Easily the most impressive film was Moore’s. With gusto and some characteristic clowning he cobbled together facts and figures illustrating how the few, mainly in America, are living in Olympian luxury while the multitude have their houses repossessed, their jobs lost, their savings gobbled up by medical bills and lack of pensions. A year before his death, so the film points out, President Roosevelt had planned to add to the U.S. constitution a national health scheme and workers’ rights clauses, innovations never taken off the drawing board.
The president died but after the war Roosevelt officials wrote the new constitutions for the conquered Axis nations, Germany, Italy and Japan and added to these constitutions Roosevelt’s ideas, the reason why social welfare schemes like health care, pensions and workers rights now function in those countries – unlike the United States.
But ruling cliques, whether capitalist or theocratic, cling to their power by subverting the ideals and practices of democracy for their own ends. This was admirably illustrated in the haunting Iranian film by Hanna Makhmalbaf ‘Green Days.’ The dramatized documentary dissects the bloody protests in Teheran following the presidential election last year and shows the eventual winner, incumbent president Ahmadinejad, came only third in ‘true voting’ but was imposed on the country by its omnipotent theocracy.
At a time of recession and ongoing wars in Iraq and Afghanistan the films shown in Venice did not aim - with a few exceptions - for big box office returns but were intend on offering a message of things gone wrong or providing food for thought about where we are and where we are going.
Whether it is Corporate Fraud (The Informant by Steven Sonderbergh) or the leftovers of the Cold War, like the harebrain scheme to train soldiers to kill by staring (The Men who stare at Goats by Grant Heslov) or child trafficking (Tehroun by Takmil Homayoun Nader) the desire was not to just tell a pretty story but a realistic reflection of current life.
Perhaps the most avant-garde are the Germans whose new crop of films not only have that amazing mixture of multi-ethnicity that characterizes modern German society today, especially Berlin where East and Wets merge, but whose new directors are not afraid to exploit fresh ways of presenting cinematographic art in a kind of neo-surrealism reminiscent of happy-go-lucky clowns prancing across Alexanderplatz.
One of the best was Soul Kitchen by Fatih Akin, a happy-go-lucky, feisty tale of a young Greek running a restaurant amid an ever changing Berlin and ever changing values. In contrast Italian films, and there were 22 of them out of 80, remain spectacular but riveted to that durable theme of fascism versus communism that has divided and still divides Italy. Perhaps the best of the second week’s Italian crop was Michele Placido’s ‘The Great Dream’ his own experience of a the 1968 world-wide student rebellion when he was a riot policeman clubbing and informing on the students before a love affair, not any conviction, made him desert to the other side.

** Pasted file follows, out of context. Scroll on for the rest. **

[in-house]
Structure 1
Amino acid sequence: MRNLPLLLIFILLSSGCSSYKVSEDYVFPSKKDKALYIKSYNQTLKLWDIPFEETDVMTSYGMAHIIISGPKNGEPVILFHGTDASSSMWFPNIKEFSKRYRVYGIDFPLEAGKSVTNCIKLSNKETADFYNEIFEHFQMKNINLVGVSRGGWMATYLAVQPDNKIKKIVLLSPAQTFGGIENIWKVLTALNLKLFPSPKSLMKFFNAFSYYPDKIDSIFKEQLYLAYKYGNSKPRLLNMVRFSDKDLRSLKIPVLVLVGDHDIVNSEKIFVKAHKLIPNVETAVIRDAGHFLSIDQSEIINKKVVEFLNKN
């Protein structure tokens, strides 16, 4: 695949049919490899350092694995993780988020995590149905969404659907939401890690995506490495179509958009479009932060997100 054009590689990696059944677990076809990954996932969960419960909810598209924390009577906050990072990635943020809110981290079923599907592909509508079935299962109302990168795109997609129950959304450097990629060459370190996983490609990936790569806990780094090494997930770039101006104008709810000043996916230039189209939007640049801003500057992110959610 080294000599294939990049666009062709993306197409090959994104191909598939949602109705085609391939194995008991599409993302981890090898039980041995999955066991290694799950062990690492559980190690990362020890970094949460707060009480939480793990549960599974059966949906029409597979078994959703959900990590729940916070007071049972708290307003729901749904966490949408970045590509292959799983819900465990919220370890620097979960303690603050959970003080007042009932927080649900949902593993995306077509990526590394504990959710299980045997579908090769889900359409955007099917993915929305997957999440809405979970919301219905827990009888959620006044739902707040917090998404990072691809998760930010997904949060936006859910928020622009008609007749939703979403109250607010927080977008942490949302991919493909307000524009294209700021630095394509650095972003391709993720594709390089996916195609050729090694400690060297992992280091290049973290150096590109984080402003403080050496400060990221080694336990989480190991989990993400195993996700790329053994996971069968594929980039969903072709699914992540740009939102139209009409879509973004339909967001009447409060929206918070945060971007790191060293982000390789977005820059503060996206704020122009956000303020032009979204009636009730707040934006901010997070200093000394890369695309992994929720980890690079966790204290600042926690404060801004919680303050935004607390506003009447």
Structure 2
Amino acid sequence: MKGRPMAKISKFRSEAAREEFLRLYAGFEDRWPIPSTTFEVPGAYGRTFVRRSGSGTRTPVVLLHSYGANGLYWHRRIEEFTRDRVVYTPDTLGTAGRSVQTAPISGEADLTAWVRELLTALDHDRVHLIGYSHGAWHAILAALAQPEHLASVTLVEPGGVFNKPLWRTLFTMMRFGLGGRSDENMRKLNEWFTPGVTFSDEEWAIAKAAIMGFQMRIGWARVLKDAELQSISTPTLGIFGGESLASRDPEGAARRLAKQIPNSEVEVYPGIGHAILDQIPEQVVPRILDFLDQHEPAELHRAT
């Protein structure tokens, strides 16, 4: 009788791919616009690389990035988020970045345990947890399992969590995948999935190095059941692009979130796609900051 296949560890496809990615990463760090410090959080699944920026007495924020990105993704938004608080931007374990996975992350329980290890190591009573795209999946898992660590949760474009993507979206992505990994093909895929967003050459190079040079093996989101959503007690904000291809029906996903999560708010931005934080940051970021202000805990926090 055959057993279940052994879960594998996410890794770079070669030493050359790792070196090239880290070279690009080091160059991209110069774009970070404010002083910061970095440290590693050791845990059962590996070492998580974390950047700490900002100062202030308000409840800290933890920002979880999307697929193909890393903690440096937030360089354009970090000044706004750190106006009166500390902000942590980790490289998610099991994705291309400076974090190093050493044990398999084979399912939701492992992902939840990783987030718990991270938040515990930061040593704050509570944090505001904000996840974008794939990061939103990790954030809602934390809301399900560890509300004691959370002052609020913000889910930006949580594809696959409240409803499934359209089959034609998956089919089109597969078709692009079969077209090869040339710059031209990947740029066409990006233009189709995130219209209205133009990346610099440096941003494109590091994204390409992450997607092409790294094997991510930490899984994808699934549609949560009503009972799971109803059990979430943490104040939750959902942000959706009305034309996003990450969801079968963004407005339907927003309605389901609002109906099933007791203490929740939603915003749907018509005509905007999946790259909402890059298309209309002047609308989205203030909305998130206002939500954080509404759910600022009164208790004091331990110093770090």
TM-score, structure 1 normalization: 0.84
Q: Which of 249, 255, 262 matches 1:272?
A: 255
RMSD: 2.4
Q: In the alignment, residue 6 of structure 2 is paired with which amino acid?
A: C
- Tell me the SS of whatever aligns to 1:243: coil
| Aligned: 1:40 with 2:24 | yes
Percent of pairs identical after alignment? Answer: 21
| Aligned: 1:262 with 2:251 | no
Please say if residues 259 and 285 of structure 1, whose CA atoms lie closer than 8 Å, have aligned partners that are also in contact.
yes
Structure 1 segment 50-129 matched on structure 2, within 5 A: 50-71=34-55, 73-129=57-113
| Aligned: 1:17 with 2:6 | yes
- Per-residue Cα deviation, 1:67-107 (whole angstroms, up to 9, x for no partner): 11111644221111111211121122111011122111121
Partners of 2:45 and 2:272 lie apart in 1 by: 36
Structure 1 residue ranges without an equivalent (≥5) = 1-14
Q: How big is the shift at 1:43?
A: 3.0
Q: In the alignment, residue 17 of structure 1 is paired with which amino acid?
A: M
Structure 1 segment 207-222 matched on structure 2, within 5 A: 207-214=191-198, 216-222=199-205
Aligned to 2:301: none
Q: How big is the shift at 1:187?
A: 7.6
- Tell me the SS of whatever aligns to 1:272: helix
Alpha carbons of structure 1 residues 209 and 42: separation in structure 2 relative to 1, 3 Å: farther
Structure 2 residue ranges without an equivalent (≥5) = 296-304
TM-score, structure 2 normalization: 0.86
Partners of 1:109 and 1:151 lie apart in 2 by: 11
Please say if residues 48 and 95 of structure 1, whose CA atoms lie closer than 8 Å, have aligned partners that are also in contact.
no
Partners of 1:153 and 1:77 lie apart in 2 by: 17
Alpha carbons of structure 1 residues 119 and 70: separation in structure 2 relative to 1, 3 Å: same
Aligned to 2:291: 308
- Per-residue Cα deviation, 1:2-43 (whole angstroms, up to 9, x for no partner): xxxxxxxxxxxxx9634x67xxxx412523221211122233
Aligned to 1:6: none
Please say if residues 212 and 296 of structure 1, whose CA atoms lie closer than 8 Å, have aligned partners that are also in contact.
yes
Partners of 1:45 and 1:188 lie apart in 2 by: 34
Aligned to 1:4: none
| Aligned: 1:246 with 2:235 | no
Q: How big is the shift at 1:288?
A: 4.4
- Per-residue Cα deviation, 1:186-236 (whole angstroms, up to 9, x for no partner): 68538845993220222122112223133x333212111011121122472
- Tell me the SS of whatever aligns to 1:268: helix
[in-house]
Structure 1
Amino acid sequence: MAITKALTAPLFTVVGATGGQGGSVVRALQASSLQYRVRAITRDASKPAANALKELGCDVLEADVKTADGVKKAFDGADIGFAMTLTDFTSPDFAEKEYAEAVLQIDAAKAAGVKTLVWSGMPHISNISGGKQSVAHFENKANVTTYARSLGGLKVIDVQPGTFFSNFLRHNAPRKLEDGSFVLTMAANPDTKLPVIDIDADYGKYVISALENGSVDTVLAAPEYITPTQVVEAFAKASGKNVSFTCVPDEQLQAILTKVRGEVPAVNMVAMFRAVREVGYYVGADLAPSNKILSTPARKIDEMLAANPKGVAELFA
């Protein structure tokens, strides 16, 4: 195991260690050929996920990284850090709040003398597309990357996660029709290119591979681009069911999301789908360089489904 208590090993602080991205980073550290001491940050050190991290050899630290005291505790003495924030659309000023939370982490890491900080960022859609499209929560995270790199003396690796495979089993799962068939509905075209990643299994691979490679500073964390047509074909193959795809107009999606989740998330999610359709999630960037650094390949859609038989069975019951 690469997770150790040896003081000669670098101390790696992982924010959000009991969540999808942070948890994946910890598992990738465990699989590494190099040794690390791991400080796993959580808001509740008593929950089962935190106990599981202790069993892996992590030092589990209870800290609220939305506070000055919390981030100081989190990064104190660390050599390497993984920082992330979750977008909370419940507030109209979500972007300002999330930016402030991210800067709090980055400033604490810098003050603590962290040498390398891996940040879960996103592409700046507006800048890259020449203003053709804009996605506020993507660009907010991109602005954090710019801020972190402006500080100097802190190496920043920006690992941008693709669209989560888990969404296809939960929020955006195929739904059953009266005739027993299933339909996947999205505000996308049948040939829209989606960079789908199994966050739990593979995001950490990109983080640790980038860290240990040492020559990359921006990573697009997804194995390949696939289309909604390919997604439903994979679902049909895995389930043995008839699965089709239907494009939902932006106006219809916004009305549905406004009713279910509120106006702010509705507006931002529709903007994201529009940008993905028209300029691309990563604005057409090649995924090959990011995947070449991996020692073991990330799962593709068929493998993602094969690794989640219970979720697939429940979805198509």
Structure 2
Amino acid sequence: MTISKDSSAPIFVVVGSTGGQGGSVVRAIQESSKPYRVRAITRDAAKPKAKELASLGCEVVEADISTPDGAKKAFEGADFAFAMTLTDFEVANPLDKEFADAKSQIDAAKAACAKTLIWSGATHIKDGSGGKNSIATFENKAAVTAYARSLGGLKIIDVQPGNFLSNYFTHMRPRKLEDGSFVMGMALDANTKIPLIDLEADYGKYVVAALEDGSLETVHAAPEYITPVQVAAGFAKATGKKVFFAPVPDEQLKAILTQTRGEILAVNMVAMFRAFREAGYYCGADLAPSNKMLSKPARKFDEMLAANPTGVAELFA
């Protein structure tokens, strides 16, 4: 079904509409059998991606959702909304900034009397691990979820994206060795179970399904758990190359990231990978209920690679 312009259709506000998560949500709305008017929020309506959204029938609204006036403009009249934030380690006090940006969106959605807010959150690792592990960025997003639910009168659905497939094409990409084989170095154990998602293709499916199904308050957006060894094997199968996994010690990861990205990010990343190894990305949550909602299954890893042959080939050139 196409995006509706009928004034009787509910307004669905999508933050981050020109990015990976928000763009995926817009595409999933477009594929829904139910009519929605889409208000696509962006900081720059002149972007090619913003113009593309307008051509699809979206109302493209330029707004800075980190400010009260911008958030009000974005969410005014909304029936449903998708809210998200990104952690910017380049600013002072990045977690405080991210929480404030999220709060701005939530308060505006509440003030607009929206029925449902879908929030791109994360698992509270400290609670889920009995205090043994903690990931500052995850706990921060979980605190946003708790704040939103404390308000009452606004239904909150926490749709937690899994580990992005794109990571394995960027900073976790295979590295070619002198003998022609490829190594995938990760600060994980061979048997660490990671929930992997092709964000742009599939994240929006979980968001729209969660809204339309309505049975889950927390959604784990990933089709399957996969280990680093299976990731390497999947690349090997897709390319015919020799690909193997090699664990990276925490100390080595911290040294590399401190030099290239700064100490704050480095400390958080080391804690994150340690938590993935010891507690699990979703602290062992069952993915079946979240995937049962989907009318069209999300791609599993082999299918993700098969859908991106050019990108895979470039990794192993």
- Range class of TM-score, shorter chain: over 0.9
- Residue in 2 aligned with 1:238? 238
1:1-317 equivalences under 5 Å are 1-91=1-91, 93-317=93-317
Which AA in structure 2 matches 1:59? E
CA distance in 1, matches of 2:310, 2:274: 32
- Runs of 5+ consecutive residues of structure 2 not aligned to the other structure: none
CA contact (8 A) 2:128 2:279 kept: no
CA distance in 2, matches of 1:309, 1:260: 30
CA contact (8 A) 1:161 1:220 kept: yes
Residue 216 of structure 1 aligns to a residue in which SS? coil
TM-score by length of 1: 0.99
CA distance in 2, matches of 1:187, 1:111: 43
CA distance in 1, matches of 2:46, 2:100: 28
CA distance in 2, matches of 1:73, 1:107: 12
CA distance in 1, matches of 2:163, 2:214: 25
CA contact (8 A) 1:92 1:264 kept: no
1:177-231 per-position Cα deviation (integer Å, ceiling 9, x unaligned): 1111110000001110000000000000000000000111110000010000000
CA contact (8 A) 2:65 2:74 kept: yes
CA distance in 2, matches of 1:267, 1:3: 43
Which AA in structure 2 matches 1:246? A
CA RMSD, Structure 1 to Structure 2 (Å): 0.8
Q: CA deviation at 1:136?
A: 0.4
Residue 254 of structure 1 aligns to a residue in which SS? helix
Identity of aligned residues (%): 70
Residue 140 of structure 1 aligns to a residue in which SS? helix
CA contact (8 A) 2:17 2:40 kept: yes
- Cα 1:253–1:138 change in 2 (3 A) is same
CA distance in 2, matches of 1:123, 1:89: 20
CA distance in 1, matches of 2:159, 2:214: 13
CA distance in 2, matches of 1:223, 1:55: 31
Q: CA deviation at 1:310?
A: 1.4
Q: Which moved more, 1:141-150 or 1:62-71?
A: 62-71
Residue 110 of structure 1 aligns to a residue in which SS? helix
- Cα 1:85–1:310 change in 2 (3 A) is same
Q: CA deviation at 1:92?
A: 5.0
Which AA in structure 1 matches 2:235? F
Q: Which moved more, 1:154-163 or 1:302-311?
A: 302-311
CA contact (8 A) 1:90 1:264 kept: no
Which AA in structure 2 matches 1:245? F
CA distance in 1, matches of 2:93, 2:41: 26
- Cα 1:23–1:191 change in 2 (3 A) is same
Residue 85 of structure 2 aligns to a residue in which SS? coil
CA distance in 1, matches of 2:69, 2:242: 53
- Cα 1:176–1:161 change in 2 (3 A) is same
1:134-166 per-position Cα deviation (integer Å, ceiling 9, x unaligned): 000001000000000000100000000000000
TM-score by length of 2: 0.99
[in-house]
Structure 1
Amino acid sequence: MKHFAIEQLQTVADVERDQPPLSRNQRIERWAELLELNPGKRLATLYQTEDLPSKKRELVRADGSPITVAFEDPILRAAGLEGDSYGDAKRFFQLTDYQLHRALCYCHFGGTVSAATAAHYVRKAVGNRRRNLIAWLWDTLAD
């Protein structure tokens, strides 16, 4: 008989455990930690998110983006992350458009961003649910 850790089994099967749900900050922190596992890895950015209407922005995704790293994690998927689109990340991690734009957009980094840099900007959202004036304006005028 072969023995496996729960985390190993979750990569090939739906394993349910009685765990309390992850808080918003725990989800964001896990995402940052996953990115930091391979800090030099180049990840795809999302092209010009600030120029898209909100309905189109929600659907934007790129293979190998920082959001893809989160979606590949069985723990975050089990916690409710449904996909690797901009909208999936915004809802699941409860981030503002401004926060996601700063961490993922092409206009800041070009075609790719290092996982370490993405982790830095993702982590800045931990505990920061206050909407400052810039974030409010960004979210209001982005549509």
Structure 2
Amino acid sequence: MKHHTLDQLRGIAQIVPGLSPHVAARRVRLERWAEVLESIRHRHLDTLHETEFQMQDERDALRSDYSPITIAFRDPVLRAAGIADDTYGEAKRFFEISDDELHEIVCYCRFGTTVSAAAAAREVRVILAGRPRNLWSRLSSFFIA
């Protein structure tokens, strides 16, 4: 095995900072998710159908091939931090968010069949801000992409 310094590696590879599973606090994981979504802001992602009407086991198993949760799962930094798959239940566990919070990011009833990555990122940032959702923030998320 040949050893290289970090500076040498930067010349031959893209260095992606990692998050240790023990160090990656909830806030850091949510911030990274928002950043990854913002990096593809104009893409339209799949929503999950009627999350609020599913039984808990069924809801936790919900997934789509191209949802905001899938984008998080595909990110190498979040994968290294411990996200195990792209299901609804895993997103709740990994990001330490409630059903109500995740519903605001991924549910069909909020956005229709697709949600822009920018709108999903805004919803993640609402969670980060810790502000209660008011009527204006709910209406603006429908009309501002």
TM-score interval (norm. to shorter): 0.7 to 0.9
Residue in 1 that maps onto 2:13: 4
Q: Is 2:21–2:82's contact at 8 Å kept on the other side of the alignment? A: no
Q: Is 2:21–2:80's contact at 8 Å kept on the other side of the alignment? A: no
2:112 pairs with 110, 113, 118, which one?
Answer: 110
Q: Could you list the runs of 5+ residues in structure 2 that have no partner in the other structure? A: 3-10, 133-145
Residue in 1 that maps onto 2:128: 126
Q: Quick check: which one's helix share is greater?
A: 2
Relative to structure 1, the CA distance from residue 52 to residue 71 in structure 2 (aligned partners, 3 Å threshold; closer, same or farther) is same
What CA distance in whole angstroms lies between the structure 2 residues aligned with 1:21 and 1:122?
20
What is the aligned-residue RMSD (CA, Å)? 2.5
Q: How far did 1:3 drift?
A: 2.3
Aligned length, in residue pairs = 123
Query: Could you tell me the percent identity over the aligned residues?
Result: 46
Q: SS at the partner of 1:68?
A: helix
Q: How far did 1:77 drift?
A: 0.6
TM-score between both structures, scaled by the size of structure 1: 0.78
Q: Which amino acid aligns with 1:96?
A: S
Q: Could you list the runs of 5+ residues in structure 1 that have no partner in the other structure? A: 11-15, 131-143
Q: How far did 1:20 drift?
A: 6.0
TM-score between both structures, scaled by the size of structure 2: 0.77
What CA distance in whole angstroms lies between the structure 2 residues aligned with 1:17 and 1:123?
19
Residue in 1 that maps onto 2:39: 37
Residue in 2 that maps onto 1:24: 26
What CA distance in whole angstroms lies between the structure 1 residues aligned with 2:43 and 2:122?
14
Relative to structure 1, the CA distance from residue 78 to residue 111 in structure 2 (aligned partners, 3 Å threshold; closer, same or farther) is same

Tom Ford’s ‘A Single Man’ is the tender and sensitive story of a gay couple, broken up when one dies in a car accident and the other now has to face a world in which he can not openly mourn, is not invited to the funeral and feels ostracized. He explains to a young student that homophobia is no more then fear of those who are different.
At a time when Europe tries to keep out the wave of immigrants from Africa and the war-torn Middle East the story of super-model Waris Dirie gives the audiences a glimpse of what these immigrants have to suffer to escape not only abject misery, wars and abuses but to find a foothold in our privileged society determined today to keep them out.
‘Desert Flower’ by Sherry Hormann is Waris’ biography in all its horror and humanity. A Somalian nomad girl in a family of 13, she was subjected to infibulation at the age of three when a Muslim woman’s genital organs, the clitoris and the labia are cut away with instruments like kitchen knives so the women will not experience any pleasure in adult life. The wound is then sown up and the stitches are only removed by the future husband who cuts open her private parts with a knife or scissors before ‘taking possession’ of her.
The haunting true story of how she escaped to Mogadishu and then as an illiterate maid to London details many of the horrors to which immigrants in Europe are now subjected under draconian immigration laws. Waris teaches herself at night school, enters a marriage of convenience to stay in Britain, becomes a super-model and ends up addressing the U.N. assembly in New York on the graphic horror of infibulation, a ritual, though outlawed, which is still practiced on an estimated 6,000 girls a day.
For those who like a little tenderness there is ‘Barking Water’ by young American director Sterling Harjo, the sweet love story of an elderly couple -going home. “I thought not only young people but old people too have love stories. And I thought it should be told.” Said Harjo, a member of the Seminole and Creek Nation.
Perhaps in that one phrase ‘it should be told’ he summed up the Venice Film Festival this year.